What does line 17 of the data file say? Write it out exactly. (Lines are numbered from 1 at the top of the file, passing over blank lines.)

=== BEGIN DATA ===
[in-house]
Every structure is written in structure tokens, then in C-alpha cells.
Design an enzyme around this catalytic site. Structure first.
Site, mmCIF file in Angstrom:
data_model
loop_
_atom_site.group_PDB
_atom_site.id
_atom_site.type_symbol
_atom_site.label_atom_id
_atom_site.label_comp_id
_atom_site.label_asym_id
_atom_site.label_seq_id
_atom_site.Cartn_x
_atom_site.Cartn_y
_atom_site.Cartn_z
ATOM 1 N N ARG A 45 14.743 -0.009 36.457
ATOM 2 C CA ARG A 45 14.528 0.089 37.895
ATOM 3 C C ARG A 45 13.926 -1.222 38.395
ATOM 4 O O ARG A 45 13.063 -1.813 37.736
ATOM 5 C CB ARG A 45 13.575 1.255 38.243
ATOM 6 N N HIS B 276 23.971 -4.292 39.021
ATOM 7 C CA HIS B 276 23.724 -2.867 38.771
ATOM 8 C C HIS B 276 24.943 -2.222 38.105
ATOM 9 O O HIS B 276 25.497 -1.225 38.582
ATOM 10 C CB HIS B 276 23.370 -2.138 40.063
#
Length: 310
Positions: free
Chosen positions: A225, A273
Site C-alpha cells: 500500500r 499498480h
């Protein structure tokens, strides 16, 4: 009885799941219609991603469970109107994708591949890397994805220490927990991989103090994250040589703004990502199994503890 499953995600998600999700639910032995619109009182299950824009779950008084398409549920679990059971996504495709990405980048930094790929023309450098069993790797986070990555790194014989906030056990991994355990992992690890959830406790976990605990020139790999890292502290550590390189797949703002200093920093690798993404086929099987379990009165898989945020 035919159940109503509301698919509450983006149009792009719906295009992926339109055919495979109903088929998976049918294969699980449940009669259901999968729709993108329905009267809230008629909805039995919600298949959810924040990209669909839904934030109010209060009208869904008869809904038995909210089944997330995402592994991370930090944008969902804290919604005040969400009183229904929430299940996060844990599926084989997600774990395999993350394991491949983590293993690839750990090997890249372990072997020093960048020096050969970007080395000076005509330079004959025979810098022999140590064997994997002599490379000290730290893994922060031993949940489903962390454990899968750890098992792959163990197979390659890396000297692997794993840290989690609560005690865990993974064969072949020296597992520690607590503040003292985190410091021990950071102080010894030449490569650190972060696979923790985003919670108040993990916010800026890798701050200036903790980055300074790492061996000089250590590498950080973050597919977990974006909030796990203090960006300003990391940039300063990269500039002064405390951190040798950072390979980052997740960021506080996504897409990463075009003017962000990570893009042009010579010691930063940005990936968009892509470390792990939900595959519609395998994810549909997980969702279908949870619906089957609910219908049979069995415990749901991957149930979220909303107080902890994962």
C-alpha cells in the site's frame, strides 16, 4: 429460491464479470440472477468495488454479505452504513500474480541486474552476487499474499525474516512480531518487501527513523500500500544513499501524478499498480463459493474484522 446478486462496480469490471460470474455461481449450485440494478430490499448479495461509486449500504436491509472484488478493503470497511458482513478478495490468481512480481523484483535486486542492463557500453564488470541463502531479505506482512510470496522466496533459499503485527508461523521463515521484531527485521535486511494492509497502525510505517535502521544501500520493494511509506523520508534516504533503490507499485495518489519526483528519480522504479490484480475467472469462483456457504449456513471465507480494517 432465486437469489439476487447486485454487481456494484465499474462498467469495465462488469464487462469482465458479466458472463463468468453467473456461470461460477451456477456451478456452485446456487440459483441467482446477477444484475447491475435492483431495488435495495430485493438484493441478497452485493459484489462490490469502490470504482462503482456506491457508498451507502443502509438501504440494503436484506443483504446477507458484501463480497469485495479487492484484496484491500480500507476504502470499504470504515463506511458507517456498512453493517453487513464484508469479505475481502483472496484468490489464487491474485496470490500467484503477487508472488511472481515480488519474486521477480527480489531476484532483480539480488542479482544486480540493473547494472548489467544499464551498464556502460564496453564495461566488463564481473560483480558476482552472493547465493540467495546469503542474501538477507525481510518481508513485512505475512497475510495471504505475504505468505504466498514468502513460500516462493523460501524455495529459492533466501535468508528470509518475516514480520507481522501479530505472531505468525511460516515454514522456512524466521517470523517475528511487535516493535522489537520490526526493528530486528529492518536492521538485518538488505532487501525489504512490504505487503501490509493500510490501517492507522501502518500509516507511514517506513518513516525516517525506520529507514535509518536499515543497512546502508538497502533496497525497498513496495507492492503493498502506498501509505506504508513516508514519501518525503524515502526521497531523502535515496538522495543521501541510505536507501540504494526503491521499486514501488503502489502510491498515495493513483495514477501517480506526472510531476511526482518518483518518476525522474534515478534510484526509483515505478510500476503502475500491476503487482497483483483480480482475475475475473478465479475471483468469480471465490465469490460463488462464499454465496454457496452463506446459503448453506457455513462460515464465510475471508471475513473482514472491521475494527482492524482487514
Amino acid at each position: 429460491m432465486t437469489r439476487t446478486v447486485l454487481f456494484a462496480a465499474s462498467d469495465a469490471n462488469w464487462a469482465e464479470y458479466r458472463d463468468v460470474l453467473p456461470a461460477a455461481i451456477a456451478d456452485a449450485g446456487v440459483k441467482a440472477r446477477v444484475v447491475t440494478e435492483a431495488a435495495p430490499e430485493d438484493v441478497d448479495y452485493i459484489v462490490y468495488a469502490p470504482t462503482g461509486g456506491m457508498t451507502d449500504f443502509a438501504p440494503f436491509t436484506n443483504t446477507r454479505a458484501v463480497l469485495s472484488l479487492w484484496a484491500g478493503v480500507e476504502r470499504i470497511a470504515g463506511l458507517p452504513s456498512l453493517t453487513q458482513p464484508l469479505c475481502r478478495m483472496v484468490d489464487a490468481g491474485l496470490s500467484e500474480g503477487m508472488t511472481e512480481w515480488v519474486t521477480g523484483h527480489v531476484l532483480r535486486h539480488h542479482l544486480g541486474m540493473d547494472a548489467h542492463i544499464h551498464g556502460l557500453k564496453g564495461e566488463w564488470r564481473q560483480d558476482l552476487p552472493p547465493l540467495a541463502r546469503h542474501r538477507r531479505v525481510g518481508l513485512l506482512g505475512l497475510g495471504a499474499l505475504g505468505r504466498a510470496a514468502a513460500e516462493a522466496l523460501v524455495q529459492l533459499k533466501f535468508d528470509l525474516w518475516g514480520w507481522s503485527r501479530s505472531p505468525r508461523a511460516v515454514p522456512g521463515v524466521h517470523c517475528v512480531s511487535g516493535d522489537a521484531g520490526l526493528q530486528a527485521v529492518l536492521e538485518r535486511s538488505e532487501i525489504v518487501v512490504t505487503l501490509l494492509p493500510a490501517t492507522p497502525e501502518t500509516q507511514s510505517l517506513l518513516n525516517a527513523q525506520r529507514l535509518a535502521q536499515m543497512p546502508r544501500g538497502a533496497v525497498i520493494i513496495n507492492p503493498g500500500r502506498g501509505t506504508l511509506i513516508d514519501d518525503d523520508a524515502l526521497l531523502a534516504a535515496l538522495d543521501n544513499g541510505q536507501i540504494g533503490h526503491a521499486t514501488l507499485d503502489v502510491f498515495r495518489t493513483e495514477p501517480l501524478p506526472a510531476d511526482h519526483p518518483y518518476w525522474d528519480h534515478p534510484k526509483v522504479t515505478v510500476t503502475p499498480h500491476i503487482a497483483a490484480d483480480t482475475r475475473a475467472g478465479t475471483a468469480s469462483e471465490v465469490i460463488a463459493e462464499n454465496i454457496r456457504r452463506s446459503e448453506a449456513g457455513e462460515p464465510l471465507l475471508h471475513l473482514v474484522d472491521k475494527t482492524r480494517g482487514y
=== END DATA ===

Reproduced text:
ATOM 1 N N ARG A 45 14.743 -0.009 36.457